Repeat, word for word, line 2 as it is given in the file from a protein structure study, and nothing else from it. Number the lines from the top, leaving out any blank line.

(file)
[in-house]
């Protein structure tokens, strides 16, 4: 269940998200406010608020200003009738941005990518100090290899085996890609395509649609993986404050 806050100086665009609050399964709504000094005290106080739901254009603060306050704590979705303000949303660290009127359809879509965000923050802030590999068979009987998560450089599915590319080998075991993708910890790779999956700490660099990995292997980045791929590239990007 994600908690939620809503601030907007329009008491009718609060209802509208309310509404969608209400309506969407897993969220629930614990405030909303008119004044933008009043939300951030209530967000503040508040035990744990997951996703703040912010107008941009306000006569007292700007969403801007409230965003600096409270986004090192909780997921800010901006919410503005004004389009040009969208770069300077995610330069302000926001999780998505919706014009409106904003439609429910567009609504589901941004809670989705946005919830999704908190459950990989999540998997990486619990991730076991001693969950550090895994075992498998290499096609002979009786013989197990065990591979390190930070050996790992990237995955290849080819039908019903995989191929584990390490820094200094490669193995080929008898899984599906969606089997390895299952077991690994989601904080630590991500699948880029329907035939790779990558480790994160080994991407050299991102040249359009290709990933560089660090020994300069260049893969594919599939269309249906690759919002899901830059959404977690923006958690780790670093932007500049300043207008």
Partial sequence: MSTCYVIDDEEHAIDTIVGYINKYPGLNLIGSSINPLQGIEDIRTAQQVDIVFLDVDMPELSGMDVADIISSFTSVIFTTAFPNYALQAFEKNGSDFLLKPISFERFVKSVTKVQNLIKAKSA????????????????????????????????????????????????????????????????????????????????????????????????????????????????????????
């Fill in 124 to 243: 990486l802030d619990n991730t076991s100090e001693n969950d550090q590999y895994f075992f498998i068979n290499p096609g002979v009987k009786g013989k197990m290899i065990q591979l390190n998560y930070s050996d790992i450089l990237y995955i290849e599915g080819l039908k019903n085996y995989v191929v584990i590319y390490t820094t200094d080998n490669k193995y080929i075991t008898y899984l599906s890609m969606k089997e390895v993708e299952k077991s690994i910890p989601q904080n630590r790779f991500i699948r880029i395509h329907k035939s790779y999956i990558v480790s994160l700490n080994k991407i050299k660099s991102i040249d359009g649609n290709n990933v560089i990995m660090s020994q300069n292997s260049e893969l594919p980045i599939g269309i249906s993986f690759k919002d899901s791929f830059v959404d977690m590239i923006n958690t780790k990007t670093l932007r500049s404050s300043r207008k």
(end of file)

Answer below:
């Protein structure tokens, strides 16, 4: 269940998200406010608020200003009738941005990518100090290899085996890609395509649609993986404050 806050100086665009609050399964709504000094005290106080739901254009603060306050704590979705303000949303660290009127359809879509965000923050802030590999068979009987998560450089599915590319080998075991993708910890790779999956700490660099990995292997980045791929590239990007 994600908690939620809503601030907007329009008491009718609060209802509208309310509404969608209400309506969407897993969220629930614990405030909303008119004044933008009043939300951030209530967000503040508040035990744990997951996703703040912010107008941009306000006569007292700007969403801007409230965003600096409270986004090192909780997921800010901006919410503005004004389009040009969208770069300077995610330069302000926001999780998505919706014009409106904003439609429910567009609504589901941004809670989705946005919830999704908190459950990989999540998997990486619990991730076991001693969950550090895994075992498998290499096609002979009786013989197990065990591979390190930070050996790992990237995955290849080819039908019903995989191929584990390490820094200094490669193995080929008898899984599906969606089997390895299952077991690994989601904080630590991500699948880029329907035939790779990558480790994160080994991407050299991102040249359009290709990933560089660090020994300069260049893969594919599939269309249906690759919002899901830059959404977690923006958690780790670093932007500049300043207008």